HUNTSVILLE, Texas (AP) A Texas inmate has been executed for the death of a corrections officer during a short-lived escape from prison six years ago.
Jerry Martin had requested that no additional appeals be filed on his behalf, clearing the way for his lethal injection Tuesday evening.
Martin was serving 50 years for attempted capital murder when he and another inmate bolted from a work detail outside a Huntsville-area prison in September 2007.
In the ensuing chaos and gunfire, a 59-year-old prison officer on horseback, Susan Canfield, suffered fatal head injuries. Both Martin and his partner, John Falk, were captured within hours after fleeing in a stolen pickup.
Martin's execution was the 16th and last scheduled for this year in Texas, which carries out capital punishment more than any other state.
News 3's Steve Fullhart was among those who viewed Martin's execution. Below is his perspective:
From inside the death chamber, Jerry Martin -- resigned, seemingly content with his fate -- made a brief final statement from the gurney at 6:15 p.m. Tuesday, telling the family of Susan Canfield that he was sorry for their loss, that he wishes he could take it back, and that he hoped his death would bring them closure.
He also added, "I did not murder your loved one. It was an accident. I didn't mean for it to happen. I take full responsibility."
Martin also made a very brief statement to his family and friends. They were in the viewing room I was in. As the lethal dosage began being applied, Martin said, "Jesus," along with some incoherent words, and then began to slip under the effects of the drug.
One of the members of Martin's party was crying for pretty much the duration of the time. Martin's brother stood closest to the window, holding hands with another member of their group as Martin slipped away.
A doctor pronounced him dead at 6:27 p.m., some eleven minutes after those final words.
A rider-less horse signifying Canfield's death was among the shows of support from the Texas Department of Criminal Justice Tuesday night in Huntsville. Canfield's family saw dozens of officers form a wall of gray as they went to and from the death chamber, a show they said they appreciated.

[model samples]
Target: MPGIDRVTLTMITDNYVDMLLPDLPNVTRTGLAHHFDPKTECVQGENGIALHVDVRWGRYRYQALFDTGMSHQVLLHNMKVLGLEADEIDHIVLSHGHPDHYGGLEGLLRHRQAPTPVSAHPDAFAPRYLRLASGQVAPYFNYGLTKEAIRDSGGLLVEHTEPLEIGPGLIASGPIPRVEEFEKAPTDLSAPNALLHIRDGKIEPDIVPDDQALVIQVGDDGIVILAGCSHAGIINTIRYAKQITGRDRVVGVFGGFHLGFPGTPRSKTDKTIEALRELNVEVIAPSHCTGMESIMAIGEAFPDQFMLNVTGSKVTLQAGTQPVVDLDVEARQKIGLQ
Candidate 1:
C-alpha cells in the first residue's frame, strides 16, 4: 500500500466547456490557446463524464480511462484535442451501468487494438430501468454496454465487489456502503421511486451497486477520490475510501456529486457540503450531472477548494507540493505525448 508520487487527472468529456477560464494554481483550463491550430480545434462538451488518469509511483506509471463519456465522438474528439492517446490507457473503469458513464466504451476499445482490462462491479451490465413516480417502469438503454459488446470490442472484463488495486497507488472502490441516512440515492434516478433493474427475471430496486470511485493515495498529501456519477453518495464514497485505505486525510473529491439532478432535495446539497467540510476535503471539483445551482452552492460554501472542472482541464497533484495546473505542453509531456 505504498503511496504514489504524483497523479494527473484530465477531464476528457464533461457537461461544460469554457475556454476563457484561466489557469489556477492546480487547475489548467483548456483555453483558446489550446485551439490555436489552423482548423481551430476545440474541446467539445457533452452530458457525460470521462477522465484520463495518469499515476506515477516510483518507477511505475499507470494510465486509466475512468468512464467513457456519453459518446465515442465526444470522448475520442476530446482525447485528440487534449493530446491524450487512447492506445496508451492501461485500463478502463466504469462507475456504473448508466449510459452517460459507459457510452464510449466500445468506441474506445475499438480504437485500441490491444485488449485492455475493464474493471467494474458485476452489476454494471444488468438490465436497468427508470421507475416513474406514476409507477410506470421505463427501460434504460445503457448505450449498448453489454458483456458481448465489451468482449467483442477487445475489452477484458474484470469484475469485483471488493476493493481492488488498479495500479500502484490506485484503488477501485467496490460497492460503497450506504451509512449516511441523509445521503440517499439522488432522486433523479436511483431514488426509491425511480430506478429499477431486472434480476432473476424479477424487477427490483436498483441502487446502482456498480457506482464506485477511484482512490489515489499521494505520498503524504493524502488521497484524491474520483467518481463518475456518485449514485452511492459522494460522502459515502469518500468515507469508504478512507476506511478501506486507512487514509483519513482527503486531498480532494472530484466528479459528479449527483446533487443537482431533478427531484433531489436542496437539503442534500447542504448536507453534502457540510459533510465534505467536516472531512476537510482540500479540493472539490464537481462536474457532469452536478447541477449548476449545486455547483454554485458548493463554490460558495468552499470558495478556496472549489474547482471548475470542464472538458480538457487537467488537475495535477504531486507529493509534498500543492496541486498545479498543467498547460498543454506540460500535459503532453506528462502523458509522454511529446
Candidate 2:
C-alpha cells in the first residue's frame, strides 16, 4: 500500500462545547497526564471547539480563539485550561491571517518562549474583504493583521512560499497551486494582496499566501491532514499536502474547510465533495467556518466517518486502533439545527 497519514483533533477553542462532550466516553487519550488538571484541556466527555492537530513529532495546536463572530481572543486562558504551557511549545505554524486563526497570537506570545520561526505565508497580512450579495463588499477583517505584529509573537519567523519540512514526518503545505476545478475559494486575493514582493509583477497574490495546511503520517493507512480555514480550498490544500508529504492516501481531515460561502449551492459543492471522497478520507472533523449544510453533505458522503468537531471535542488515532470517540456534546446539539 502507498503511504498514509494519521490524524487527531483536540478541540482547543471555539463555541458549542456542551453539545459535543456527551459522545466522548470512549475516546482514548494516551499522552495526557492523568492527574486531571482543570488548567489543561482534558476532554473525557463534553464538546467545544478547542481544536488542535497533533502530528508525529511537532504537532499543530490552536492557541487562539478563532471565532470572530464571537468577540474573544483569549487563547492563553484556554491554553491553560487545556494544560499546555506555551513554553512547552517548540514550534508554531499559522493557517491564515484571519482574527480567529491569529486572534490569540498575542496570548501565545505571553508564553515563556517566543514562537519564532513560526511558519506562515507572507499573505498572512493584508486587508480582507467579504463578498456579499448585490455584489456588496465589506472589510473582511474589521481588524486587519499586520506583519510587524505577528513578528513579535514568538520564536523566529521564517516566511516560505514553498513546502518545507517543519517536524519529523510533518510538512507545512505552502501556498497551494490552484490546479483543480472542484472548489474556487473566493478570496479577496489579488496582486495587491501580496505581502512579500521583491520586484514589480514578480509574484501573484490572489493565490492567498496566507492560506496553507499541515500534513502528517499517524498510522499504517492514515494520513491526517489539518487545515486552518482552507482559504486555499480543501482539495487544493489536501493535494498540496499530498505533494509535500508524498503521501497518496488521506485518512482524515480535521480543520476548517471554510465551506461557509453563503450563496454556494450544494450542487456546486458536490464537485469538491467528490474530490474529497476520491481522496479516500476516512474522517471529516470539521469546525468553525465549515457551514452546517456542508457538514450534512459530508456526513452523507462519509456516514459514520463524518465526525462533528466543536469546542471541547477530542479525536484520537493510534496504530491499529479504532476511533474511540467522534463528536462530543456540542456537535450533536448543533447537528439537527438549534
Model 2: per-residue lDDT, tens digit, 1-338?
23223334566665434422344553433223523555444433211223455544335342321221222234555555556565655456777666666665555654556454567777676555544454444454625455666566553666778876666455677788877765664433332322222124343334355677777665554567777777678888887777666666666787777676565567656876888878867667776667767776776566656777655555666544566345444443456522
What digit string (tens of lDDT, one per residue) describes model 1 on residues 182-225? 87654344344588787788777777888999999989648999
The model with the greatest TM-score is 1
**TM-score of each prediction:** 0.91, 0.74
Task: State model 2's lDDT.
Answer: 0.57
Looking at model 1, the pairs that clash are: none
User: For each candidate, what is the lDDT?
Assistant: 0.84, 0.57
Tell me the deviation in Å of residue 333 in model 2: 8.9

Susan's husband, Charles, is a retired Houston police officer. After the execution, I asked him what he wanted people to remember about his wife.
"I guess the best thing to remember about Susan was her smile, and the fact that she had great respect for everybody, no matter where you were, what your stance was, what uniform you wore, or if you were inside or out," he said.
Charles Canfield said his wife loved her job. When other guards were able to put a scowl on their faces while they sat on horses securing inmates in the field, she couldn't muster one. Susan would even practice scowling in the mirror. She enjoyed her work and loved going to it, he said.
Charles says the fight for justice for his wife, who he called his everything, is not done. Falk is awaiting a new capital murder trial. A mistrial was declared in his first trial that was held in Brazos County early this year.
Simply put, Charles said, "one down, one to go." He added, "this is a great day. Justice has been done."
Martin's Complete Final Statement (as transcribed by TDCJ):
"I would like to tell the Canfield family I'm sorry. Sorry for your loss. I wish I could take it back, but I can't. I hope this gives you closure. I did not murder your loved one. It was an accident. I didn't mean for it to happen. I take full responsibility.
"To my family, we've talked earlier, and you know I'm at peace. God is the ultimate judge. He knows what happened. We talked earlier. I love all of you all. I'm ready, Warden."